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3:53 p.m. - January 12, 2006
The Post Office - Where Mo-Rons Accumulate By the Dozens
Every time I think I’m running out of essay material, I just need to keep my eyes and ears open around here in the Heartland.

I swear to God that all of the mo-rons in the world collect at the Post Office around noon.

I finally get a package together of CDs that I’m selling back. It’s not light, but it’s not impossibly heavy either. Rather, it’s 18.4 pounds, so its OK weight wise. It is, however, a bit bulky. I can manage it pretty easily even with my short wingspan, but I don’t want to be traipsing around hell and half of BFE land with it in my hands.

So I park in front of the post office in their free parking spots, and I walk into the door with the package, doing the ‘chin-tuck’ move so I could get one hand free.

I’m about eighth in line, with all three windows open.

“Why, oh, why, is it so busy today?”

Then I realized that the USPS changed the price o’ stamps.

But certainly that can’t account for the long line.

Then I realized the line isn’t long because of that – it’s because there are Stimpy-certified eeeediots in front of me, who cannot perform a simple postal transaction without it being overtly complicated.

In one window, someone was sending boxes of stuff to Japan. Unfortunately, the clerk at the line wasn’t too well versed in how to do all of the paperwork, how much postage to charge, whether with six you get egg roll, ANYTHING about it.

For a while, he’d punch some things on his little scale / computer, look puzzled, ask the guy some questions, re-punch some things, and then stare off a bit in a look of askance. Rinse. Repeat.

The middle window was some lady who wanted to get some new stamps, I assume. But she had a variety of things to mail, and wanted to check to see if each one needed just one stamp. At least that’s what I assume, because just buying 100 new stamps wouldn’t have taken five minutes.

It also didn’t help that the middle window clerk had to help the clerk with the Japanese package issue about three times.

The clerk in the other window again had to get new stamps for another lady, but then she asked some questions about sending this, that or the other priority vs. regular, and then there was the whole certified vs. registered mail questions and answer session.

Finally, some movement, as the middle aisle lady finally left with her stamp booty, and went off to peel and stick those new stamps to her heart’s desire.

The clerk with the Japanese issue was still futzing around, and I noticed that there was yet ANOTHER box that needed to go to Japan. I heard something about it costing up to $150 for shipping.

Holy freakin’ cow! It costs that much to ship it and you are MAILING it? You aren’t entrusting it to Fed-Ex, UPS, DHL, or another service? Hell, if that cost that much to ship it, I’d fly to Japan myself and deliver it by hand.

People started to wander in needing postal service. A couple came in, and let me tell you there were left inside their trailer too long. I’m no beauty, and I don’t really think you should hang everything on how someone looks, but this couple was definitely flogged with an ugly stick about 25 times, each.

The man weighed about 90 pounds as well, and looked 65 years old with beady eyes and hair that went every which way. The lady had a buzz cut, glasses circa 1975, and a few too many moles and pockmarks. Oh, and she was dentally challenged as well. I didn’t turn to stone, but I may have become immune to Gorgon attacks at some point.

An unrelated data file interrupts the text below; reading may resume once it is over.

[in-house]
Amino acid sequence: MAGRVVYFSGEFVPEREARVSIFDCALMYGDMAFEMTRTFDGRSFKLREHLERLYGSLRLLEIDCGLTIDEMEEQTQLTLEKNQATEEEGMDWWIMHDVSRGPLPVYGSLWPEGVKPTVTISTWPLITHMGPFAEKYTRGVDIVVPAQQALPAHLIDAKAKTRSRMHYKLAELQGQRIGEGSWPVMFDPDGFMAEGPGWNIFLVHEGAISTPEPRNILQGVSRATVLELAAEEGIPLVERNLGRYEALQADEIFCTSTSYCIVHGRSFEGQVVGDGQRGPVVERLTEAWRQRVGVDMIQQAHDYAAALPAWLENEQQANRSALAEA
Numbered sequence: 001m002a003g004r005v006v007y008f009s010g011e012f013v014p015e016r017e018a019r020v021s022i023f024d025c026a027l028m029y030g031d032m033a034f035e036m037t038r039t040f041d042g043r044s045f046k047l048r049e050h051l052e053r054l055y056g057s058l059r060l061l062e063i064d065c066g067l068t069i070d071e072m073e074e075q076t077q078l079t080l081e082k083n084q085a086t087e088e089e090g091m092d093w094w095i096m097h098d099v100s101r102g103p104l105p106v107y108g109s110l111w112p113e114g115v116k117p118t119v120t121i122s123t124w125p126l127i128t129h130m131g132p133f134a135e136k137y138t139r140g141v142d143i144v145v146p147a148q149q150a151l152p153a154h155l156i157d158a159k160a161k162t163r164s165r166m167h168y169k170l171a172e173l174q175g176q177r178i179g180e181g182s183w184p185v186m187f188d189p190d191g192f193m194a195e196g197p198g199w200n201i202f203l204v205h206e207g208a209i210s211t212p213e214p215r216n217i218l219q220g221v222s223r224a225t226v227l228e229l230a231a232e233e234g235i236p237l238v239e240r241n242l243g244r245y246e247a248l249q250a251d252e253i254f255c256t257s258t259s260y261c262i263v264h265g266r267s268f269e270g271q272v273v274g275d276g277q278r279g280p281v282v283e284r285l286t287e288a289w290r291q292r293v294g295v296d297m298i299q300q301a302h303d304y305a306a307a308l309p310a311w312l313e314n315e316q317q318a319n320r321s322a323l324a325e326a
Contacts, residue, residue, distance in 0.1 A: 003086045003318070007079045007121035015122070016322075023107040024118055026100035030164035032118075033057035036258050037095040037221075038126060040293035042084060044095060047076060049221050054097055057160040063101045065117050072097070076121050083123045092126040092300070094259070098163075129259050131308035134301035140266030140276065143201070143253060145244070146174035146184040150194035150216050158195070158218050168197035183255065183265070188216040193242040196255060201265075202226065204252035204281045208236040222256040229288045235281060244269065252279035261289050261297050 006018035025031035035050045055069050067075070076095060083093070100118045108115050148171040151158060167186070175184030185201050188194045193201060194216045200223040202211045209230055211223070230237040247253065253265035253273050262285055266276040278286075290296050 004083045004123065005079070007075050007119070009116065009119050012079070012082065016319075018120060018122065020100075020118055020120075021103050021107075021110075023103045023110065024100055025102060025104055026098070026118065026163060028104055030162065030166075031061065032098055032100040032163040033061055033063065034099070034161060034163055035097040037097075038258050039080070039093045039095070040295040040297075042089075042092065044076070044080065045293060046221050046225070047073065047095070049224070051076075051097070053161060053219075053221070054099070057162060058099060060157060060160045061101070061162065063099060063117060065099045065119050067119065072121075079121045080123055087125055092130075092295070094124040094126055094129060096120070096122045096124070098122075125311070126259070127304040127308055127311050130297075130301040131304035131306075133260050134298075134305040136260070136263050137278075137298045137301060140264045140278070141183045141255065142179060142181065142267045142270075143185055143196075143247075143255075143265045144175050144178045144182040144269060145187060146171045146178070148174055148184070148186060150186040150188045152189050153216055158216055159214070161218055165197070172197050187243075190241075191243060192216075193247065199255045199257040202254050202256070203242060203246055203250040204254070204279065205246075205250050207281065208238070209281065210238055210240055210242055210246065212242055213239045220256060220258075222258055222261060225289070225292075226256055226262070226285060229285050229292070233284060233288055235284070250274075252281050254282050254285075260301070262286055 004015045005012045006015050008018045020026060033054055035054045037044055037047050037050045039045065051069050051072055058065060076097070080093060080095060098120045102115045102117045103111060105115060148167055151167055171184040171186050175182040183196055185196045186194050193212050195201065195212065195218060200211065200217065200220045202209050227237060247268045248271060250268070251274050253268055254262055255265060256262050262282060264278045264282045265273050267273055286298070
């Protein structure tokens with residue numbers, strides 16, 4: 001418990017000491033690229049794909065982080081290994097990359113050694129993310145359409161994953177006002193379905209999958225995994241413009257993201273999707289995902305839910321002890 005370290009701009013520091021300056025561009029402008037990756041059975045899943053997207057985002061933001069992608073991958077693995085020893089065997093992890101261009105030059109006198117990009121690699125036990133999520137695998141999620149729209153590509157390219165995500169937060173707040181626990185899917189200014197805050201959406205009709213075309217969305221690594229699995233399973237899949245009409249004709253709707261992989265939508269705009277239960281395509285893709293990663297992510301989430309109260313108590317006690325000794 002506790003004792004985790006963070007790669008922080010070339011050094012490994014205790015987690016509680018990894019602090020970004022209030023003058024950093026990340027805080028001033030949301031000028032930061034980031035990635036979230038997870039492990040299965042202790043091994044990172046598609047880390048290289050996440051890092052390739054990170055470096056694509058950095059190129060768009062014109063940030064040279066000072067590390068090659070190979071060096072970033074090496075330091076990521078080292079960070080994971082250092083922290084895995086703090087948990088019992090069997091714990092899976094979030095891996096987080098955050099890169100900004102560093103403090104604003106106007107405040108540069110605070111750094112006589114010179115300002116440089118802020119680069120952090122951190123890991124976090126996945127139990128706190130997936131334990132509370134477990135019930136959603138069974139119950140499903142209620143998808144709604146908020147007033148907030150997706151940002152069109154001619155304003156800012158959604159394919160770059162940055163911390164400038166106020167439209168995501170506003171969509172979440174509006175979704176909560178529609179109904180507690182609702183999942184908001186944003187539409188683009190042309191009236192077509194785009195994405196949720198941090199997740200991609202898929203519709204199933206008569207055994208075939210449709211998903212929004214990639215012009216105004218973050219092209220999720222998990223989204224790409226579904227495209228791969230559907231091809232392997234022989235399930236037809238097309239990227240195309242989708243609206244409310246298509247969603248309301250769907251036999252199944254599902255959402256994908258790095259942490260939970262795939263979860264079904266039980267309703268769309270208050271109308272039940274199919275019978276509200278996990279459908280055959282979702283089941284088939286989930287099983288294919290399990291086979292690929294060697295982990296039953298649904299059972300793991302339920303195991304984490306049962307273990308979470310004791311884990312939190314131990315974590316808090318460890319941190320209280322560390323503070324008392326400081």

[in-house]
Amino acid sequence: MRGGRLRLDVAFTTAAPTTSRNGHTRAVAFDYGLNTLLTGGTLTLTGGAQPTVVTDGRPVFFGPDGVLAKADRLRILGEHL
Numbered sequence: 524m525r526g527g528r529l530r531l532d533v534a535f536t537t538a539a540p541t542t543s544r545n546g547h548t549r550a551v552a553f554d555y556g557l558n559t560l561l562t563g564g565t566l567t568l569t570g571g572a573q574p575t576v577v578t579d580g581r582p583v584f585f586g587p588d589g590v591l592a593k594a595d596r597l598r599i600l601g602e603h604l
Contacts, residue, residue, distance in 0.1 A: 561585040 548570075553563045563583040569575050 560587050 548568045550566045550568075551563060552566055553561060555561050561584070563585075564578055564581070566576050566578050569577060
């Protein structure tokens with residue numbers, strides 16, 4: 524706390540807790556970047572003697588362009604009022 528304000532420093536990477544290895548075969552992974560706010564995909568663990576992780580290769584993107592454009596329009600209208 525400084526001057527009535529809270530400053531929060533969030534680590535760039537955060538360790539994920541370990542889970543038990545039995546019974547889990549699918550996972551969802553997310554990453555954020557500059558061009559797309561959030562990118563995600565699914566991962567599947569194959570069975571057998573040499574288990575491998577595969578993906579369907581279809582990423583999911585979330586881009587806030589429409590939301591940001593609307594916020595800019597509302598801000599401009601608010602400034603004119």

They wanted to know where the cable company office was.

The CABLE COMPANY OFFICE? What, you just go the post office if you can’t find something and ask random people?

I don’t have cable, I have satellite, but I do know that the cable company office moved to the strip mall next to the Kroger. But it took three minutes of talking to Jethro and Jethrette to tell them where that was. Never mind I was holding a bulky box with both hands and trying not to kill myself out of boredom and stupefaction.

The other clerk got rid of his certifiable, er, registered, customer and then someone else wanted to buy stamps.

By this time, the line had grown to about 10 people behind me. My arms were getting a bit tired and my right wrist, which has been a bit sore, was starting to get strained a wee bit.

The dude completed his stamp purchasing quest, then saw the sign that said “Temporary Workers Wanted”. Uh oh.

He asked if he could have an application for his wife. However, there was no application forthcoming, as the clerk said that he would just need to take her name and address and they’d call her about it.

So, a call came out for a pen and a pad of paper, and so the dude started writing out the address. I think he must have used calligraphy because it took a while. Finally, he left, and the clerk at that station left for a while to do something and drop off that ladies name and address, even though there were 15 in line by now.

Meanwhile, the clerk with the Japanese shipment was making some progress, as a customs form was procured and being filled out.

Finally, the clerk returns and I’m next in line.

The next transactions seem easy enough, and I get my chance.

Since I know what the heck I want, I was at the window less than a minute.

“How much will this cost priority vs. parcel post?”

“In that case, just send it priority, then?”

“No, I don’t need any stamps, thanks!”

“Credit”

“Thanks!”

Isn’t that always the way, though? Your waiting time is at least 10 times as long as your actual transaction time. Sometimes it can be 20 to 25 times as long, especially in the doctor’s office.

The line was now 18 deep, but I had escaped.

Meanwhile, the second box to Japan had just made its way onto the counter. By my watch, that only took 20 minutes.

He could have WALKED them to Japan by now. I hope it was worth it.

 

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